This article is a text version of my talk, "MLOPs for the rest of us," which I presented during the Infoshare conference (October 6-7, 2022 in Gdańsk, Poland).
If you need a month to get a machine learning model in production, your company is already dead.
My data engineering team has created a setup that allows us to deploy a new model in production in less than 60 minutes. It didn’t happen overnight. We started simple and kept adding new features when the lack of them hurt us. We didn’t want to overengineer it. After all, you can’t overcomplicate things when you have only one MLOps engineer on the team.
It wasn’t all unicorns and rainbows. It mainly looked like this:
It’s a text message I received on Saturday morning. I didn’t notice it for three hours. At the time when I replied, the problem was already solved. So nothing happened, right? Not quite. Because on the next day, I received this message:
Our models were producing the same prediction no matter the input data. That’s not good. How did it happen?
To answer that question, I have to tell you what we do.
Supply Chain Risk Management
We create Supply Chain Risk Management Software. It sounds fancy. What does it mean? If you own a factory, we will warn you when something happens to your suppliers, and you may get affected. We track real-world events. Our machine learning models tell us whether those events are relevant. To be precise, they tell us whether the events are irrelevant. We use machine learning to filter out useless information. The rest goes to our risk assessment team, who decide whether our clients should get a notification or not.
Now, you see that getting the same relevance score from the model for every event is a big problem. We overwhelmed the team, and they could miss an important event.
How did it happen? If you aren’t familiar with machine learning models processing text, you must know that such a setup consists of two parts. The machine learning model itself and word embeddings. Machine learning models work with numbers. The word embeddings convert text into those numbers.
Problems with word embeddings
I received the first text message when we ran out of space in Redis. As you may expect, we use Redis as a cache. The same Redis database stores our embeddings. The person fixing the issue replaced the Redis instance with another one with more storage space. That’s ok. But they forgot to run the script that populates the database with embeddings again.
It was easy to fix the issue when we realized the cause. We ran the script, and everything worked fine again.
But all of this wouldn’t happen if we upgraded our models faster.
We needed those embeddings only for the old models created a few years ago. We ran them in Tensorflow Serving. Tensorflow serving doesn’t run any preprocessing code, so we put the text-to-vector conversion inside the backend application that uses the models.
In the new setup, we have AWS Sagemaker Endpoints with the models and embeddings inside a single Docker container deployed as a single endpoint. But at that time, we were in the middle of moving the models to Sagemaker.
Why were we moving models to Sagemaker?
We started with a handful of models supporting a few languages. Those models were created by the previous machine learning team who left the company. There was nothing wrong with their models. I admire the simplicity of those models. The old team deployed the models in Tensorflow Serving running on a Heroku instance together with the backend service using them.
But machine learning models drift. Over time, they perform worse because the reality differs from what they have learned from the training dataset. For example, the previous team trained our old models so long ago that they knew nothing about COVID. We had to retrain them, but we didn’t want to make them as good as they were in the past. We wanted a bigger improvement. We had to switch to a more powerful model architecture - the BERT model.
A single BERT model takes over 1 GB of storage space. A single Heroku application has a hard limit of 500 MBs. There is no way to deploy BERT models in Heroku. We needed something else.
We have built a Docker container using BentoML and deployed them as Sagemaker Endpoints. That’s not complicated. You can get a working setup by following the official BentoML tutorial, or read my tutorial. However, I have to warn you. You have probably heard that thousands of times, but don’t copy-paste code. You will make a mistake while editing it later.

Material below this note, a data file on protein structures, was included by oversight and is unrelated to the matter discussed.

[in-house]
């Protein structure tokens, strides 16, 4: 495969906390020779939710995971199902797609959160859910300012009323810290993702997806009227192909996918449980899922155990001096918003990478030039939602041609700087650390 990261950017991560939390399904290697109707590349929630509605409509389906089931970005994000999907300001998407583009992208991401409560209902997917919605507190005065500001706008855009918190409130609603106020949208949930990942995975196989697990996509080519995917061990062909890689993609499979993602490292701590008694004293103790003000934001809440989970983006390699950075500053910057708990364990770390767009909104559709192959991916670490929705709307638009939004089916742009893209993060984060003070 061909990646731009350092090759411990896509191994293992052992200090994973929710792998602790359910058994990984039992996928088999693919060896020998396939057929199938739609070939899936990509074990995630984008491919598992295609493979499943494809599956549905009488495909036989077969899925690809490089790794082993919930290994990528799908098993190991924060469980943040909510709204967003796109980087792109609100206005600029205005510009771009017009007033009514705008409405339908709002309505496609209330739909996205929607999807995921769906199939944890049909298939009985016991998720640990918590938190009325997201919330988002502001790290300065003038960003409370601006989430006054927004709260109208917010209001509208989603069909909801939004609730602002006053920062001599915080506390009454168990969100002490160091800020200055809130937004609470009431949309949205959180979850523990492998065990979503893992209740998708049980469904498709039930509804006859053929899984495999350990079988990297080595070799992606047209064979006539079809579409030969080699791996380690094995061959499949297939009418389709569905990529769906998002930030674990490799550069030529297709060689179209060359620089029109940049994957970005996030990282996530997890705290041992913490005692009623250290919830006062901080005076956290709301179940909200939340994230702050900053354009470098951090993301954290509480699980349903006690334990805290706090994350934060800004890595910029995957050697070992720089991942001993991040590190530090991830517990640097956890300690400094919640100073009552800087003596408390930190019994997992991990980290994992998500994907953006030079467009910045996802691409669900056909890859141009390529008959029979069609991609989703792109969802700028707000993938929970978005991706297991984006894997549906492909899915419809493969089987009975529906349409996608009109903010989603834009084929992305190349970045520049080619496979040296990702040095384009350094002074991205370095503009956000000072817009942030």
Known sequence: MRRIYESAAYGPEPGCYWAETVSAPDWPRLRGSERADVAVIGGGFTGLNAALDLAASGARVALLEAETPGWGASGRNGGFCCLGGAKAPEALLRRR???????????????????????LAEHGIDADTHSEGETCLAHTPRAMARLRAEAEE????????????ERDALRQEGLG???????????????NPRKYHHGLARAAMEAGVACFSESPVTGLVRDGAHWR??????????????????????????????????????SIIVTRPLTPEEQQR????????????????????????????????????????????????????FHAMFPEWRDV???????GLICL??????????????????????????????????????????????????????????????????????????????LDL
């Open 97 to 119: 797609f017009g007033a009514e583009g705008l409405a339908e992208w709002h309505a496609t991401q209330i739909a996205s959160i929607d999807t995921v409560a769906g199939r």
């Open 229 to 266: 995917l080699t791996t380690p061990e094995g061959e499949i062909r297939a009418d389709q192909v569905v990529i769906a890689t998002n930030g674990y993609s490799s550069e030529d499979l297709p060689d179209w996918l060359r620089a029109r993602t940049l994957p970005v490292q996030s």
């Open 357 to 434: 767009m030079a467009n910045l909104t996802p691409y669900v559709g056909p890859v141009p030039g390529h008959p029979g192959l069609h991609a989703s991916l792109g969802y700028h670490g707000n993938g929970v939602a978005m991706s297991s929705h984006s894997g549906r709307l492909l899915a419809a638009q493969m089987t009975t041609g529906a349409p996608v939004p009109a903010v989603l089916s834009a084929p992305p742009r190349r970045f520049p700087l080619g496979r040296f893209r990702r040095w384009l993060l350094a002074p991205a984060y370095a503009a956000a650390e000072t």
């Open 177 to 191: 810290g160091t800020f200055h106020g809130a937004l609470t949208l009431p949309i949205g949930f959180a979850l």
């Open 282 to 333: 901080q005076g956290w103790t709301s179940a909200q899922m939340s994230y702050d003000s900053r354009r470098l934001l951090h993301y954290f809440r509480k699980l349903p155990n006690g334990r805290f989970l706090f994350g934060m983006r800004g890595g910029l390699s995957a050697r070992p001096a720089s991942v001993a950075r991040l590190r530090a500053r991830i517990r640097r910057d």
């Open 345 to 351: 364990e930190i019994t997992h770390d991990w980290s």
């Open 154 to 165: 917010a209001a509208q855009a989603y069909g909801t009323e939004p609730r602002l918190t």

When I had to deploy a second model in Sagemaker, I copied the repository with the first one and started making changes. I didn’t want to extract the common code yet because I wasn’t sure what we would need in every model. It was too early to create a general solution. Of course, I forgot to modify a parameter in the new repository and deployed an endpoint that didn’t work. That’s a problem you can spot easily. There were worse issues.
Breaking changes in Sagemaker
One day, I realized that the AWS deep-learning containers project was still in the phase of development when breaking changes wasn’t a big deal. At least for its authors. For me, a user, those breaking changes were a big deal. I tried to deploy a Sagemaker Endpoint, and it couldn’t find a model in the Docker container. I didn’t change anything in the deployment code, which worked a few days earlier. What happened?
Someone decided that leading zeros in model versions make no sense. I had one model in my container, so I put zero as the model version! The fix was easy, but I would like to know that my deployment code doesn’t work anymore before I must urgently deploy a model. We added a deployment test pipeline in AWS CodePipelines. It was deploying a Sagemaker Endpoint once a day, running a few tests, and removing it. We would know when AWS made another breaking change in Sagemaker.
Testing the preprocessing code
A machine learning model isn’t just the model. We already know that in the case of text processing, we have word embeddings too, but that’s not the only thing we have. There is also data preprocessing code. After all, a Sagemaker Endpoint is just a REST API that gets some text and returns the relevance score. The preprocessing has to happen inside of it.
As with every code, the preprocessing may have a bug too. How would you know that? For example, you may see weird predictions in production. That’s a little bit too late. Our deployment pipeline needed tests. Now, we run Docker locally in the CodePipeline and send a set of queries to the model. We can deploy the model if the responses match the expected values provided by machine learning engineers. It’s not the best test you can write. It won’t tell us which part of the code is broken, but at least we won’t deploy a bug in production.
Selecting the right model
In the backend application, we had to switch between the old models in Tensorflow Serving and the new ones in Sagemaker. We didn’t want to run a simple replacement. We knew the new models were better, but how better were they? We wanted to measure their performance. In short, we needed to A/B test the new models.